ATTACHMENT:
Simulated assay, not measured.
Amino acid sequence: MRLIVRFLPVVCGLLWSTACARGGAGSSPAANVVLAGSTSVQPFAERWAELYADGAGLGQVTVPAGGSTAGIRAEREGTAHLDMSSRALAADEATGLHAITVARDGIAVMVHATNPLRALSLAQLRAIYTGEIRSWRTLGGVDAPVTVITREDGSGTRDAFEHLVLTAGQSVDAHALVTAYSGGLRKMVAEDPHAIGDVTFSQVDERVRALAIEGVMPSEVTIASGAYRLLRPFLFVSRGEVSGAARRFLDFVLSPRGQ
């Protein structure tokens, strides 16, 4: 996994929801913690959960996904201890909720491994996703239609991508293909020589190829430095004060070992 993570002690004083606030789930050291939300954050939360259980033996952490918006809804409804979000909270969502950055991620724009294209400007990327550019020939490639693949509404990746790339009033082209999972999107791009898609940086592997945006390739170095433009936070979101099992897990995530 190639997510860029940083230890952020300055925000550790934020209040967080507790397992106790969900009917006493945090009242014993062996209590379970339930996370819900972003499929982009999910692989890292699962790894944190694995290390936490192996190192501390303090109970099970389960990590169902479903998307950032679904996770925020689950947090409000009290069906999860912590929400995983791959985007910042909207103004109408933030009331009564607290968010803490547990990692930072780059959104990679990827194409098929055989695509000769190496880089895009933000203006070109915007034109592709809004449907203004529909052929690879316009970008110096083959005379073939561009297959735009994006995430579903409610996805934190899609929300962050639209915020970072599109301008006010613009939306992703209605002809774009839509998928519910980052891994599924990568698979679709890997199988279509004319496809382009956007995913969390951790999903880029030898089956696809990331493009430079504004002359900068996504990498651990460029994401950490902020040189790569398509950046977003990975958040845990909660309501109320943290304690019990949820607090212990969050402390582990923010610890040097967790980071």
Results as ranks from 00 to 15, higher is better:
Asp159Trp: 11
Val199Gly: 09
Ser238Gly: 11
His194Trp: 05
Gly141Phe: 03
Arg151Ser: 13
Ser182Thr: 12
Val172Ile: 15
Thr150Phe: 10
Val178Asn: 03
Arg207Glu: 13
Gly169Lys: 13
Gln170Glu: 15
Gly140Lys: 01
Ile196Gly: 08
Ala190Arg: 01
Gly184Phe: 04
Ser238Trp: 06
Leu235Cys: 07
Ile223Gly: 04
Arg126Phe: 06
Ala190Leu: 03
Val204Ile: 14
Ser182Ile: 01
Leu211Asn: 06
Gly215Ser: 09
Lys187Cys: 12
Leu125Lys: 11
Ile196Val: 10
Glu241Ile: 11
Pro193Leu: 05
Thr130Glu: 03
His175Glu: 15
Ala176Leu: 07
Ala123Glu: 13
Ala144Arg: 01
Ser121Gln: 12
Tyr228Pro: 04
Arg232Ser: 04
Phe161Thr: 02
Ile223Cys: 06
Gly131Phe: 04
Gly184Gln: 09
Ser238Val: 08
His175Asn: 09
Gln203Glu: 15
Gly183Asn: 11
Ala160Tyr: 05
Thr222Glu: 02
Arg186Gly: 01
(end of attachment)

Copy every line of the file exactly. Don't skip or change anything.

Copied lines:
Simulated assay, not measured.
Amino acid sequence: MRLIVRFLPVVCGLLWSTACARGGAGSSPAANVVLAGSTSVQPFAERWAELYADGAGLGQVTVPAGGSTAGIRAEREGTAHLDMSSRALAADEATGLHAITVARDGIAVMVHATNPLRALSLAQLRAIYTGEIRSWRTLGGVDAPVTVITREDGSGTRDAFEHLVLTAGQSVDAHALVTAYSGGLRKMVAEDPHAIGDVTFSQVDERVRALAIEGVMPSEVTIASGAYRLLRPFLFVSRGEVSGAARRFLDFVLSPRGQ
């Protein structure tokens, strides 16, 4: 996994929801913690959960996904201890909720491994996703239609991508293909020589190829430095004060070992 993570002690004083606030789930050291939300954050939360259980033996952490918006809804409804979000909270969502950055991620724009294209400007990327550019020939490639693949509404990746790339009033082209999972999107791009898609940086592997945006390739170095433009936070979101099992897990995530 190639997510860029940083230890952020300055925000550790934020209040967080507790397992106790969900009917006493945090009242014993062996209590379970339930996370819900972003499929982009999910692989890292699962790894944190694995290390936490192996190192501390303090109970099970389960990590169902479903998307950032679904996770925020689950947090409000009290069906999860912590929400995983791959985007910042909207103004109408933030009331009564607290968010803490547990990692930072780059959104990679990827194409098929055989695509000769190496880089895009933000203006070109915007034109592709809004449907203004529909052929690879316009970008110096083959005379073939561009297959735009994006995430579903409610996805934190899609929300962050639209915020970072599109301008006010613009939306992703209605002809774009839509998928519910980052891994599924990568698979679709890997199988279509004319496809382009956007995913969390951790999903880029030898089956696809990331493009430079504004002359900068996504990498651990460029994401950490902020040189790569398509950046977003990975958040845990909660309501109320943290304690019990949820607090212990969050402390582990923010610890040097967790980071």
Results as ranks from 00 to 15, higher is better:
Asp159Trp: 11
Val199Gly: 09
Ser238Gly: 11
His194Trp: 05
Gly141Phe: 03
Arg151Ser: 13
Ser182Thr: 12
Val172Ile: 15
Thr150Phe: 10
Val178Asn: 03
Arg207Glu: 13
Gly169Lys: 13
Gln170Glu: 15
Gly140Lys: 01
Ile196Gly: 08
Ala190Arg: 01
Gly184Phe: 04
Ser238Trp: 06
Leu235Cys: 07
Ile223Gly: 04
Arg126Phe: 06
Ala190Leu: 03
Val204Ile: 14
Ser182Ile: 01
Leu211Asn: 06
Gly215Ser: 09
Lys187Cys: 12
Leu125Lys: 11
Ile196Val: 10
Glu241Ile: 11
Pro193Leu: 05
Thr130Glu: 03
His175Glu: 15
Ala176Leu: 07
Ala123Glu: 13
Ala144Arg: 01
Ser121Gln: 12
Tyr228Pro: 04
Arg232Ser: 04
Phe161Thr: 02
Ile223Cys: 06
Gly131Phe: 04
Gly184Gln: 09
Ser238Val: 08
His175Asn: 09
Gln203Glu: 15
Gly183Asn: 11
Ala160Tyr: 05
Thr222Glu: 02
Arg186Gly: 01